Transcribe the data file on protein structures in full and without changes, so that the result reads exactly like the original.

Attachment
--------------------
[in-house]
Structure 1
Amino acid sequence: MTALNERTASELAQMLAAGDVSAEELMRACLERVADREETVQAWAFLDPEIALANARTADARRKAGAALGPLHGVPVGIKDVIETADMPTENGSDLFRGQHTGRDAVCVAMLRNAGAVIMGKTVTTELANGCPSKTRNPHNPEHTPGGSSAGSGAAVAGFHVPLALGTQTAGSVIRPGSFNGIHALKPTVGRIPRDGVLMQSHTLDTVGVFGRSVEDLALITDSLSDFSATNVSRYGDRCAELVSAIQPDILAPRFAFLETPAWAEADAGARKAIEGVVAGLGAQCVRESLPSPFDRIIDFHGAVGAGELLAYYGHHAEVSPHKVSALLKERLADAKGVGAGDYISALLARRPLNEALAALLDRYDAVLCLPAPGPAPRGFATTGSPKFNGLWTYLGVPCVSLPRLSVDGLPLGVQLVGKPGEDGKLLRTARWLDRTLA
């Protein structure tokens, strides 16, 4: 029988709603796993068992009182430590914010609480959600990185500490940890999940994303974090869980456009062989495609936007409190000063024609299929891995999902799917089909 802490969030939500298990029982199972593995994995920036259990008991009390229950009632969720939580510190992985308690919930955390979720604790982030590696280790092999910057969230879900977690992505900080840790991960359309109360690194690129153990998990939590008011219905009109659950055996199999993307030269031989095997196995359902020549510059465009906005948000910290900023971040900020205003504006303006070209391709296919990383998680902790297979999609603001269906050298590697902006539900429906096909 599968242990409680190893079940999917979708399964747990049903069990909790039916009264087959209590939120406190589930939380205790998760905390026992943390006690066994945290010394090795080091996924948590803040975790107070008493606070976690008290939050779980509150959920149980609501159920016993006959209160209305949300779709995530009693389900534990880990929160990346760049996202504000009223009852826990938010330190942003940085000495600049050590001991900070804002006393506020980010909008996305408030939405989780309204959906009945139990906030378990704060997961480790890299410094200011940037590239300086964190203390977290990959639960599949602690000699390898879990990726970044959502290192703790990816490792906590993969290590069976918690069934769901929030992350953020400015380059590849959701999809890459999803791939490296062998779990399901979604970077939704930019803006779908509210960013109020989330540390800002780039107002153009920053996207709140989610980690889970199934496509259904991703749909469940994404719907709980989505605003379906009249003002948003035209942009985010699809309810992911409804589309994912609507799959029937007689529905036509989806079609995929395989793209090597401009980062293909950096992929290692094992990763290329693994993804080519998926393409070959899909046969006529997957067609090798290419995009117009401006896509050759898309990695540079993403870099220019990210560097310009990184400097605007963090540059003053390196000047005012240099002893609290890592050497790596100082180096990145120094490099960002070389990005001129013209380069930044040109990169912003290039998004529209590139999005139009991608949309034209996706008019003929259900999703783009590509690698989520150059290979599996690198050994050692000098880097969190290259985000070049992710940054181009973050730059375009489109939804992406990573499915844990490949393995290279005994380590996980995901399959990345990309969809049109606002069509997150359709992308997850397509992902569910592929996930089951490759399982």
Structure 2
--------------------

[in-house]
Structure 1
Amino acid sequence: MTALNERTASELAQMLAAGDVSAEELMRACLERVADREETVQAWAFLDPEIALANARTADARRKAGAALGPLHGVPVGIKDVIETADMPTENGSDLFRGQHTGRDAVCVAMLRNAGAVIMGKTVTTELANGCPSKTRNPHNPEHTPGGSSAGSGAAVAGFHVPLALGTQTAGSVIRPGSFNGIHALKPTVGRIPRDGVLMQSHTLDTVGVFGRSVEDLALITDSLSDFSATNVSRYGDRCAELVSAIQPDILAPRFAFLETPAWAEADAGARKAIEGVVAGLGAQCVRESLPSPFDRIIDFHGAVGAGELLAYYGHHAEVSPHKVSALLKERLADAKGVGAGDYISALLARRPLNEALAALLDRYDAVLCLPAPGPAPRGFATTGSPKFNGLWTYLGVPCVSLPRLSVDGLPLGVQLVGKPGEDGKLLRTARWLDRTLA
């Protein structure tokens, strides 16, 4: 029988709603796993068992009182430590914010609480959600990185500490940890999940994303974090869980456009062989495609936007409190000063024609299929891995999902799917089909 802490969030939500298990029982199972593995994995920036259990008991009390229950009632969720939580510190992985308690919930955390979720604790982030590696280790092999910057969230879900977690992505900080840790991960359309109360690194690129153990998990939590008011219905009109659950055996199999993307030269031989095997196995359902020549510059465009906005948000910290900023971040900020205003504006303006070209391709296919990383998680902790297979999609603001269906050298590697902006539900429906096909 599968242990409680190893079940999917979708399964747990049903069990909790039916009264087959209590939120406190589930939380205790998760905390026992943390006690066994945290010394090795080091996924948590803040975790107070008493606070976690008290939050779980509150959920149980609501159920016993006959209160209305949300779709995530009693389900534990880990929160990346760049996202504000009223009852826990938010330190942003940085000495600049050590001991900070804002006393506020980010909008996305408030939405989780309204959906009945139990906030378990704060997961480790890299410094200011940037590239300086964190203390977290990959639960599949602690000699390898879990990726970044959502290192703790990816490792906590993969290590069976918690069934769901929030992350953020400015380059590849959701999809890459999803791939490296062998779990399901979604970077939704930019803006779908509210960013109020989330540390800002780039107002153009920053996207709140989610980690889970199934496509259904991703749909469940994404719907709980989505605003379906009249003002948003035209942009985010699809309810992911409804589309994912609507799959029937007689529905036509989806079609995929395989793209090597401009980062293909950096992929290692094992990763290329693994993804080519998926393409070959899909046969006529997957067609090798290419995009117009401006896509050759898309990695540079993403870099220019990210560097310009990184400097605007963090540059003053390196000047005012240099002893609290890592050497790596100082180096990145120094490099960002070389990005001129013209380069930044040109990169912003290039998004529209590139999005139009991608949309034209996706008019003929259900999703783009590509690698989520150059290979599996690198050994050692000098880097969190290259985000070049992710940054181009973050730059375009489109939804992406990573499915844990490949393995290279005994380590996980995901399959990345990309969809049109606002069509997150359709992308997850397509992902569910592929996930089951490759399982």
Structure 2